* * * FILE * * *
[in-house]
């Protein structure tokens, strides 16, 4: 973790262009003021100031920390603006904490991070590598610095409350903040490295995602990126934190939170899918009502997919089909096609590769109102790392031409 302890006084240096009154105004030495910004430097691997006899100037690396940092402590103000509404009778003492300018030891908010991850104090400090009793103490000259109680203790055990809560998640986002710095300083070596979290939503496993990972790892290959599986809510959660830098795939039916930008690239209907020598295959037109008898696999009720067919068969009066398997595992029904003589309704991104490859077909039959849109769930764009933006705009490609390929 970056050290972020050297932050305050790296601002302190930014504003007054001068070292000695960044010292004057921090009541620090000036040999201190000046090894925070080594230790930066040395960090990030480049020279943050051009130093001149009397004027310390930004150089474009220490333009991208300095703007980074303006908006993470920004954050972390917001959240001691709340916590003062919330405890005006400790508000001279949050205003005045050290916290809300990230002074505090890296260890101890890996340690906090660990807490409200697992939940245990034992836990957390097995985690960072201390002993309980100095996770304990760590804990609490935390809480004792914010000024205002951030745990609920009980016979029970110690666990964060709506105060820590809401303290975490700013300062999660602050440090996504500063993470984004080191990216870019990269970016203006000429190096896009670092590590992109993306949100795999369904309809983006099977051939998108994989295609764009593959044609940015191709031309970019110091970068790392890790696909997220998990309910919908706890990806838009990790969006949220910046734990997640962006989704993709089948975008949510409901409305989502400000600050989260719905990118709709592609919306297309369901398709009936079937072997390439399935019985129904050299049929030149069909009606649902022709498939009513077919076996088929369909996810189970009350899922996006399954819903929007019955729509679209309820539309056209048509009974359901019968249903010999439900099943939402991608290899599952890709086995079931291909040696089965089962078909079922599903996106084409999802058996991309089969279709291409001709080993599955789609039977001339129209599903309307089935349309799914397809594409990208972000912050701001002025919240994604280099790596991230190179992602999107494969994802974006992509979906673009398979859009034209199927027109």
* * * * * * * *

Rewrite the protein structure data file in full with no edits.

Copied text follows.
[in-house]
């Protein structure tokens, strides 16, 4: 973790262009003021100031920390603006904490991070590598610095409350903040490295995602990126934190939170899918009502997919089909096609590769109102790392031409 302890006084240096009154105004030495910004430097691997006899100037690396940092402590103000509404009778003492300018030891908010991850104090400090009793103490000259109680203790055990809560998640986002710095300083070596979290939503496993990972790892290959599986809510959660830098795939039916930008690239209907020598295959037109008898696999009720067919068969009066398997595992029904003589309704991104490859077909039959849109769930764009933006705009490609390929 970056050290972020050297932050305050790296601002302190930014504003007054001068070292000695960044010292004057921090009541620090000036040999201190000046090894925070080594230790930066040395960090990030480049020279943050051009130093001149009397004027310390930004150089474009220490333009991208300095703007980074303006908006993470920004954050972390917001959240001691709340916590003062919330405890005006400790508000001279949050205003005045050290916290809300990230002074505090890296260890101890890996340690906090660990807490409200697992939940245990034992836990957390097995985690960072201390002993309980100095996770304990760590804990609490935390809480004792914010000024205002951030745990609920009980016979029970110690666990964060709506105060820590809401303290975490700013300062999660602050440090996504500063993470984004080191990216870019990269970016203006000429190096896009670092590590992109993306949100795999369904309809983006099977051939998108994989295609764009593959044609940015191709031309970019110091970068790392890790696909997220998990309910919908706890990806838009990790969006949220910046734990997640962006989704993709089948975008949510409901409305989502400000600050989260719905990118709709592609919306297309369901398709009936079937072997390439399935019985129904050299049929030149069909009606649902022709498939009513077919076996088929369909996810189970009350899922996006399954819903929007019955729509679209309820539309056209048509009974359901019968249903010999439900099943939402991608290899599952890709086995079931291909040696089965089962078909079922599903996106084409999802058996991309089969279709291409001709080993599955789609039977001339129209599903309307089935349309799914397809594409990208972000912050701001002025919240994604280099790596991230190179992602999107494969994802974006992509979906673009398979859009034209199927027109």